You may think that every dispute needs to be battled out in the courtroom. Reality is quite the opposite. Experience has shown us that by far most disputes can be resolved by negotiation.
However, not every case can be resolved without having to go to court. Sometimes relations may have become so disturbed that it is impossible to pick up a normal conversation with the other party. Sometimes it is just necessary to secure your legal position. Sometimes starting proceedings will give you a better negotiating position. In all such cases, proceedings are initiated for tactical reasons.
Proceedings always start with a summons or a petition. Before a summons is issued or a petition submitted, it is common practice to find out whether the conflict with the other party can be settled out of court. Usually a letter is written in which your stance is clearly and unequivocally expressed once again. The other party is then offered a last and limited term to start negotiations with you. The party that is drawn into legal proceedings always has the right to respond.
It may do so either in writing or by word of mouth. After the summoned party has had the opportunity to respond, the judge will see whether the proceedings meet the requirements in what is known as "comparity of parties". This is a meeting in which each of the parties in the lawsuit is, first of all, given the opportunity to explain its stance. The meeting also serves to provide the judge with further information. In almost all cases the judge will also try to initiate a mutual settlement between the parties.
If the comparity of parties does not result in a mutual settlement, the magistrate will have to give a ruling. This may be the final decision in which he gives the definitive ruling on the submitted demands or claims. The ruling may also be an interlocutory order. In it, the judge may, for instance, order one or both parties to substantiate their claims. This may be done in several ways, e.g. by hearing sworn-in witnesses in the courtroom.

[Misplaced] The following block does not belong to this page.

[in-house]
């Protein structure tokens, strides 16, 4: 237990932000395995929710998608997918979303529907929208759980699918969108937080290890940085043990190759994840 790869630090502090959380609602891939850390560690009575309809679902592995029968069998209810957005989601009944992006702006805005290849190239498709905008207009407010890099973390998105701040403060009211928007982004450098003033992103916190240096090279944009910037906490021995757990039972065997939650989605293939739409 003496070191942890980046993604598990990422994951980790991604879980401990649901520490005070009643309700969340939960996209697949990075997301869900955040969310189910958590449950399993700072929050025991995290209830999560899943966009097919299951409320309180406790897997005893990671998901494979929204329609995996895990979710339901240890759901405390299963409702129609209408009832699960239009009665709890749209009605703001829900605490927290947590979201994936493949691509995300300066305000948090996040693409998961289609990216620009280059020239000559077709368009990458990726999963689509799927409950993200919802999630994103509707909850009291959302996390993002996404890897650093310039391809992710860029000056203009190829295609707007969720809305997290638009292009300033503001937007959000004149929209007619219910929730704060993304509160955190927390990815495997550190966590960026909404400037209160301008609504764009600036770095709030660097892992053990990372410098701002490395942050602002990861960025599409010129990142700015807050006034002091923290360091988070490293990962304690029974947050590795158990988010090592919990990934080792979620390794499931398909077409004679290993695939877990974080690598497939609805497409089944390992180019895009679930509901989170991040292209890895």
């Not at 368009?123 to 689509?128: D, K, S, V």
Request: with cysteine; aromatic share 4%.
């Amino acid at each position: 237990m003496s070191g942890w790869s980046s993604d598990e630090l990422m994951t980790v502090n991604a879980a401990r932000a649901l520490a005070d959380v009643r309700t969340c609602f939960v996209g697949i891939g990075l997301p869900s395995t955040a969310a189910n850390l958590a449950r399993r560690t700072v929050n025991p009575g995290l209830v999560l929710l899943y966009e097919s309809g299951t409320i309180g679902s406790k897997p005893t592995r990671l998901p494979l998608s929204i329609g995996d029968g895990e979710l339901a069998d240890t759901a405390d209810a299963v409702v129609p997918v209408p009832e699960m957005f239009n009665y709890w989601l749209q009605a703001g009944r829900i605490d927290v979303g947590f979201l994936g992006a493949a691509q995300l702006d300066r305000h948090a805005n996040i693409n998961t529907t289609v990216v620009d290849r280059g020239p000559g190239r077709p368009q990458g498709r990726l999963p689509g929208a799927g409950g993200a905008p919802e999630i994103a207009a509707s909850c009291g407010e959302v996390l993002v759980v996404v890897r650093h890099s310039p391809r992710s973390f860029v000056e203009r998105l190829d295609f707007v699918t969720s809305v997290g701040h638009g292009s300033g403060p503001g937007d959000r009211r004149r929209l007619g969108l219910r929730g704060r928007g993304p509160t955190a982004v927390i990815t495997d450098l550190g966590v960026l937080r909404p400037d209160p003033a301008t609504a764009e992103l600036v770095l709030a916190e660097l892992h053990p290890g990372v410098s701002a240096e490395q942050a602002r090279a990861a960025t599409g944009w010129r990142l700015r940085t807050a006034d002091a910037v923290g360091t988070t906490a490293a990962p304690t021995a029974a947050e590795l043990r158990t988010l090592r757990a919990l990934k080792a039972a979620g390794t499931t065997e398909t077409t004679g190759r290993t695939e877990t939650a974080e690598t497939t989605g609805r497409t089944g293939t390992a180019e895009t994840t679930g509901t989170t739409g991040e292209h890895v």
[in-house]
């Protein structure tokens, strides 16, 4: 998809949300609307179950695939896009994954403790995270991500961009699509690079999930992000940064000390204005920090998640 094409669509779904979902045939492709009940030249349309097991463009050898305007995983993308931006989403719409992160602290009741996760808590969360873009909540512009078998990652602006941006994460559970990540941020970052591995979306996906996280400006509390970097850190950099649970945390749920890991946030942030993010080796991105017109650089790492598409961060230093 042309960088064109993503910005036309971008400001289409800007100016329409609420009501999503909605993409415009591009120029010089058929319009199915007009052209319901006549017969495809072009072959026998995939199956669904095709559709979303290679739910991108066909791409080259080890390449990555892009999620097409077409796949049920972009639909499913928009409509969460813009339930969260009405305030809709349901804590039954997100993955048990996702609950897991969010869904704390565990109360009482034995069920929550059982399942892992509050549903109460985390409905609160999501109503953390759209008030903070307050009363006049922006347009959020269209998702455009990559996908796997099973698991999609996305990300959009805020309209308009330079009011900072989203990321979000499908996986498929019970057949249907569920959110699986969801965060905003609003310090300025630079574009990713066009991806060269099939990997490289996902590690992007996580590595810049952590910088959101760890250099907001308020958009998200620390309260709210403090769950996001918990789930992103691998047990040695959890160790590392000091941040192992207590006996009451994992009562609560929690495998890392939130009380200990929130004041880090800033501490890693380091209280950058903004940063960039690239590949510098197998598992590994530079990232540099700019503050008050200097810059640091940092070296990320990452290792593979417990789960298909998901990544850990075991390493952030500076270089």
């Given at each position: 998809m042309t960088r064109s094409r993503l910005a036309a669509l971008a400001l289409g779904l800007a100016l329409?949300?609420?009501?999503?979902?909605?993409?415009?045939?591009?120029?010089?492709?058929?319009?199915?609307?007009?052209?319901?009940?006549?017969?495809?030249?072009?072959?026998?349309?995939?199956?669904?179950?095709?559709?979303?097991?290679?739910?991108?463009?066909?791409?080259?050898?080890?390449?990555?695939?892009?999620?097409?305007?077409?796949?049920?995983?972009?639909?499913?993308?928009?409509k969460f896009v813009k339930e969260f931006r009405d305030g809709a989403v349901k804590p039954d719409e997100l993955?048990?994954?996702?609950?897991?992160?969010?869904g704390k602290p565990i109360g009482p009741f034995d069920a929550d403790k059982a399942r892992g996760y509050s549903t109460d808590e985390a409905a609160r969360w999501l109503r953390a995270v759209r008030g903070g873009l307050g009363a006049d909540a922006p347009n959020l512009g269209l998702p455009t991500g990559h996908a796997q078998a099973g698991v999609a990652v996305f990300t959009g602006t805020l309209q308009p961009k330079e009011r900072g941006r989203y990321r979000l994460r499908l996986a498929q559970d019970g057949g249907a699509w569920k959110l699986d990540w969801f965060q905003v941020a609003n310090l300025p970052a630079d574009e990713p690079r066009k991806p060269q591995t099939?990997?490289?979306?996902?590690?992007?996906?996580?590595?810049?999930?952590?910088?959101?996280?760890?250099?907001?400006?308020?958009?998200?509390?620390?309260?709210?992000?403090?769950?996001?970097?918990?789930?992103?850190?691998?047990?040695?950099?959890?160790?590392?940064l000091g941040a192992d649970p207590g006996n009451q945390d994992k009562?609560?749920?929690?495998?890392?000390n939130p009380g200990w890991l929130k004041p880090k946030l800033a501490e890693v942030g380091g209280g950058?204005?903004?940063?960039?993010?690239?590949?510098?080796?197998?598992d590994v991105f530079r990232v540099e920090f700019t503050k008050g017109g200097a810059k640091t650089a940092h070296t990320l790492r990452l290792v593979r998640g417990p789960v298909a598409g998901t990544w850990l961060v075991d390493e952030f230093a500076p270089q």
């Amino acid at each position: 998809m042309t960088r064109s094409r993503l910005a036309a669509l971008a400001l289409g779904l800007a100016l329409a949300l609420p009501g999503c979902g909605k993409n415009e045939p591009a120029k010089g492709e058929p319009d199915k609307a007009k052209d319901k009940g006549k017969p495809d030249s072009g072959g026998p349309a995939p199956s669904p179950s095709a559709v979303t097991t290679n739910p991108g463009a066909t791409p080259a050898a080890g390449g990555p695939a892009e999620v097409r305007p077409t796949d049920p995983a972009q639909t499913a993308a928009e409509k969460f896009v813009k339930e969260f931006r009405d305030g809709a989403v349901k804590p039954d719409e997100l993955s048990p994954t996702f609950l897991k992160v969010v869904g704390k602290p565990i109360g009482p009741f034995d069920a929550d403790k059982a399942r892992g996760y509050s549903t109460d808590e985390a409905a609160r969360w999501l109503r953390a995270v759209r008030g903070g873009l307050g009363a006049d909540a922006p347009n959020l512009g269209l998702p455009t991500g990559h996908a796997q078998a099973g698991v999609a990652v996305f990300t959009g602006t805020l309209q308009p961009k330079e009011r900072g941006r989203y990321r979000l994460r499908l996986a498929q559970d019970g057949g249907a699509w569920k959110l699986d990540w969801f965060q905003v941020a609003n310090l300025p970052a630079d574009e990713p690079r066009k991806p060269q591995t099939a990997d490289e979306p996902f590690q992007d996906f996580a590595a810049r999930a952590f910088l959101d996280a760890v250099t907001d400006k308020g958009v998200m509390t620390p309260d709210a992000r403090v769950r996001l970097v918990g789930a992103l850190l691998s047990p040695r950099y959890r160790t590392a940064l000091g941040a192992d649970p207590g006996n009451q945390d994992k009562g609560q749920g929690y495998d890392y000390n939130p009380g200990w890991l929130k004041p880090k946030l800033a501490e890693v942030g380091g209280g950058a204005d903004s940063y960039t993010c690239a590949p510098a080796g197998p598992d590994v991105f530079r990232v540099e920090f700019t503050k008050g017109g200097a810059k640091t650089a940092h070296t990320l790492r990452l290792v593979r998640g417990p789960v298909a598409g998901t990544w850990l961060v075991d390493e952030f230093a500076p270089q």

Most proceedings offer the opportunity to appeal to the court's decision. The term for an appeal is usually three months following the date of the ruling. There are exceptions, however. In summary proceedings, for instance, the term for appeal is only one month. After proceedings involving the rescission of a labour contract, appeal is possible only in exceptional cases.
Normal proceedings take a lot of time and may ultimately last for more than a year. Many people misjudge the burden and the insecurity that such a time span involves. Old wounds are torn open with every new stage of the proceedings. Court proceedings are primarily for people with stamina.
In urgent cases it is possible to start summary proceedings. During summary proceedings the judge can be asked for provisional measures. For instance, summary proceedings will be started by employees who want to dispute summary dismissal and demand continued payment of their salary and continuation of the employment. Parties may accept the ruling of such summary proceedings, but also start standard proceedings.